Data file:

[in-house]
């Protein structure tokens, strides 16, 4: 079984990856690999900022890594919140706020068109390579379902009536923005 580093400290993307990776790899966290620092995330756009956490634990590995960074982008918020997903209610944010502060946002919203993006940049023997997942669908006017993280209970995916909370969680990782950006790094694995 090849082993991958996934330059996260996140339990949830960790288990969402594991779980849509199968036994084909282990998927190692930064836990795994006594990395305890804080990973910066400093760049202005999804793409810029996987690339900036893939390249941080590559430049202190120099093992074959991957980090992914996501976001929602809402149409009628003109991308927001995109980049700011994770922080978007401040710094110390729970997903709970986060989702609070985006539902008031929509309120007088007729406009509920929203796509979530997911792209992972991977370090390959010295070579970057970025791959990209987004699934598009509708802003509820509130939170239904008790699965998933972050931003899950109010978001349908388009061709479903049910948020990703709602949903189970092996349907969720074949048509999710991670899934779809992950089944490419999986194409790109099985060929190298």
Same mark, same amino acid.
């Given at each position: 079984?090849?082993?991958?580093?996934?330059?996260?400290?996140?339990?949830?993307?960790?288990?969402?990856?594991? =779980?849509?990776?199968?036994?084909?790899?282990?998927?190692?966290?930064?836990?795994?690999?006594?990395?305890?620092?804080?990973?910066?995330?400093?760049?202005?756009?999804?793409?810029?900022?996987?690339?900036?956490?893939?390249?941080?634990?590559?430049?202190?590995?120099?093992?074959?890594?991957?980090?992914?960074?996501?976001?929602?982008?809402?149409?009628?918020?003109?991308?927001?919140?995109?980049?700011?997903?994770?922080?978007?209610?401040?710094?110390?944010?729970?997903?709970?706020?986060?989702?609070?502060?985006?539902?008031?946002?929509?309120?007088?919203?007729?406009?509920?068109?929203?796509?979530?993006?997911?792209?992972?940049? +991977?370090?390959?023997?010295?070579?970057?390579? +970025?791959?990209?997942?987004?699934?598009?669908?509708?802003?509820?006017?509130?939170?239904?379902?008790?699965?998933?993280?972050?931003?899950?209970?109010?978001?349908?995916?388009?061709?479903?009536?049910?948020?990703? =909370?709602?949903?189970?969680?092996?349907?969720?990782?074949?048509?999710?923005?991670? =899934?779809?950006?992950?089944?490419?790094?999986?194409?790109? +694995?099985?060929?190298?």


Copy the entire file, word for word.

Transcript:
[in-house]
């Protein structure tokens, strides 16, 4: 079984990856690999900022890594919140706020068109390579379902009536923005 580093400290993307990776790899966290620092995330756009956490634990590995960074982008918020997903209610944010502060946002919203993006940049023997997942669908006017993280209970995916909370969680990782950006790094694995 090849082993991958996934330059996260996140339990949830960790288990969402594991779980849509199968036994084909282990998927190692930064836990795994006594990395305890804080990973910066400093760049202005999804793409810029996987690339900036893939390249941080590559430049202190120099093992074959991957980090992914996501976001929602809402149409009628003109991308927001995109980049700011994770922080978007401040710094110390729970997903709970986060989702609070985006539902008031929509309120007088007729406009509920929203796509979530997911792209992972991977370090390959010295070579970057970025791959990209987004699934598009509708802003509820509130939170239904008790699965998933972050931003899950109010978001349908388009061709479903049910948020990703709602949903189970092996349907969720074949048509999710991670899934779809992950089944490419999986194409790109099985060929190298």
Same mark, same amino acid.
């Given at each position: 079984?090849?082993?991958?580093?996934?330059?996260?400290?996140?339990?949830?993307?960790?288990?969402?990856?594991? =779980?849509?990776?199968?036994?084909?790899?282990?998927?190692?966290?930064?836990?795994?690999?006594?990395?305890?620092?804080?990973?910066?995330?400093?760049?202005?756009?999804?793409?810029?900022?996987?690339?900036?956490?893939?390249?941080?634990?590559?430049?202190?590995?120099?093992?074959?890594?991957?980090?992914?960074?996501?976001?929602?982008?809402?149409?009628?918020?003109?991308?927001?919140?995109?980049?700011?997903?994770?922080?978007?209610?401040?710094?110390?944010?729970?997903?709970?706020?986060?989702?609070?502060?985006?539902?008031?946002?929509?309120?007088?919203?007729?406009?509920?068109?929203?796509?979530?993006?997911?792209?992972?940049? +991977?370090?390959?023997?010295?070579?970057?390579? +970025?791959?990209?997942?987004?699934?598009?669908?509708?802003?509820?006017?509130?939170?239904?379902?008790?699965?998933?993280?972050?931003?899950?209970?109010?978001?349908?995916?388009?061709?479903?009536?049910?948020?990703? =909370?709602?949903?189970?969680?092996?349907?969720?990782?074949?048509?999710?923005?991670? =899934?779809?950006?992950?089944?490419?790094?999986?194409?790109? +694995?099985?060929?190298?």